bookmark_borderDeveloping Home Assistant on Windows using the Subsystem for Linux

I love Home Assistant and use it to control my house. I run it on a Pine64 board and it handles everything. However for developing and modifying it I want to have a slightly better environment than nano and a console screen šŸ™‚

So using the Subsystem for Linux I have a Linux based setup to run the hass instance in and can use Visual Studio code to develop the modules as I go, best of both worlds.

Installing the Windows Subsystem for Linux

To install the subsystem go to add/remove programs and tick the Windows Subsystem for Linux (Beta) then run bash.exe and this will start the installation, this may take a while as it pulls down the bits. Once completed and you restarted you can run bash again and then you are ready to start.

Installing the Windows Subsystem for Linux
Installing the Windows Subsystem for Linux

Setting up the Home Assistant development environment

The https://home-assistant.io/developers/ page has lots of great information but here is how I do it condensed into a single process.

In windows I have a dev folder under my user profile. This is c:\Users\myaccount\dev, in the bash console it is mapped to /mnt/c/Users/myaccount/dev/.

This way you can work on the files in windows and run them in Linux, just watch out for a CR šŸ˜‰

Run the following in the bash terminal and replace the myaccount with your windows account and myrepo with your fork.

# ensure linux is up to date.
sudo apt-get update
sudo apt-get upgrade
sudo apt-get install git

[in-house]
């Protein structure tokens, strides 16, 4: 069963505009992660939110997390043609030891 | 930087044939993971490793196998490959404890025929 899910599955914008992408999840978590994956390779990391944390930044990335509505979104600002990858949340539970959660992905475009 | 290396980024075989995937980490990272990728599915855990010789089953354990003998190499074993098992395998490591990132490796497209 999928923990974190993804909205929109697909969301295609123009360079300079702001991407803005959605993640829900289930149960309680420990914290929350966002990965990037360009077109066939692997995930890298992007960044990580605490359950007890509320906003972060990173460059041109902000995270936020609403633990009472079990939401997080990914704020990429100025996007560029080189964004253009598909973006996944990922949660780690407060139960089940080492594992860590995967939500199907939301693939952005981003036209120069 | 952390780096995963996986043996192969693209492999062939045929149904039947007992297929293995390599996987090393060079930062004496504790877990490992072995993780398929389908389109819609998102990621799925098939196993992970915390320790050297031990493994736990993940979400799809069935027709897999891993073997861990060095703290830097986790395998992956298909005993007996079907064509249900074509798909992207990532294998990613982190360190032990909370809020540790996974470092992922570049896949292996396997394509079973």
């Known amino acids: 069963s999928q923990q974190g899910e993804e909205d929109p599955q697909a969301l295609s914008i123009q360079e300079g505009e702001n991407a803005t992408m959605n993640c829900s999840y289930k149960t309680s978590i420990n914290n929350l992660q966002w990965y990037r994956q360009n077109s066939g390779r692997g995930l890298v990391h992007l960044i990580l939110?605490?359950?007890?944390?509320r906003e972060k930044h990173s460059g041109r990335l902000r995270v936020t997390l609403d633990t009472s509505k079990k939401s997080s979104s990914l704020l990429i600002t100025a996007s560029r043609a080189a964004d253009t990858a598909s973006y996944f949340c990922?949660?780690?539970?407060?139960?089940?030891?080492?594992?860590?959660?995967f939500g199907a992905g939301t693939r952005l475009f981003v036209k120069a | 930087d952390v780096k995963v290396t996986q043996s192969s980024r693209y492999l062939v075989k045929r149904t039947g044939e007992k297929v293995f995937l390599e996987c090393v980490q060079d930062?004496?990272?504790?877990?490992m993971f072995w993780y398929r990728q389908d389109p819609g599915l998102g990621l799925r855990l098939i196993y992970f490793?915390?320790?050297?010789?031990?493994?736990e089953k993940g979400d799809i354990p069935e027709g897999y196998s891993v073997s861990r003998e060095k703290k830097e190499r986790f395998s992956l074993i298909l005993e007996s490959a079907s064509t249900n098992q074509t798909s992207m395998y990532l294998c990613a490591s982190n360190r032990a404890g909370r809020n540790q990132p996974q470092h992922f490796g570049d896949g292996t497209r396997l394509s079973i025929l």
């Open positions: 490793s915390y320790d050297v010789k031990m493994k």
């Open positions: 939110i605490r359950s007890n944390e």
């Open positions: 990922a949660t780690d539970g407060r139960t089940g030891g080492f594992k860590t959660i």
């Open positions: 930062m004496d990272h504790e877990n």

# make local repo
mkdir /mnt/c/Users/myaccount/dev/
mkdir /mnt/c/Users/myaccount/dev/home-assistant-bash-config
cd /mnt/c/Users/myaccount/dev/
git clone https://github.com/myrepo/home-assistant.git home-assistant-bash
cd home-assistant-bash
git remote add upstream https://github.com/home-assistant/home-assistant.git

# Ensure we are up to date
git fetch upstream dev
git rebase upstream/dev

# dev environment setup
sudo apt-get install python-pip python3-dev
sudo apt-get install build-essential libssl-dev libffi-dev python-cffi
sudo pip install --upgrade virtualenv

# make and switch to virtual environment.
virtualenv -p python3 .
source ./bin/activate

# prepare dev bits and install all the requirements, this does take a while.
pip install --upgrade cryptography flake8 flake8-docstrings tox colorlog
script/setup

Using Visual Studio Code

If you do not have it download it here http://code.visualstudio.com/ once it is installed got to File -> Open Folder and navigate to c:\Users\myaccount\dev\home-assistant-bash and open that location. Visual Studio Code (or just Code from now on) is smart enough to know it is on an enlistment in Linux and will work with just LF endings so you do not have to worry about that.

Code has a concept of extensions, for Python I use Python, MagicPython and Python for VSCode. These provide syntax checking, lint and other actions in the UI to make life easier.

Also as you work with files Code may suggest other extension to help you along, and it handles YAML as a bonus and I do all my configuration editing in it.

Starting HASS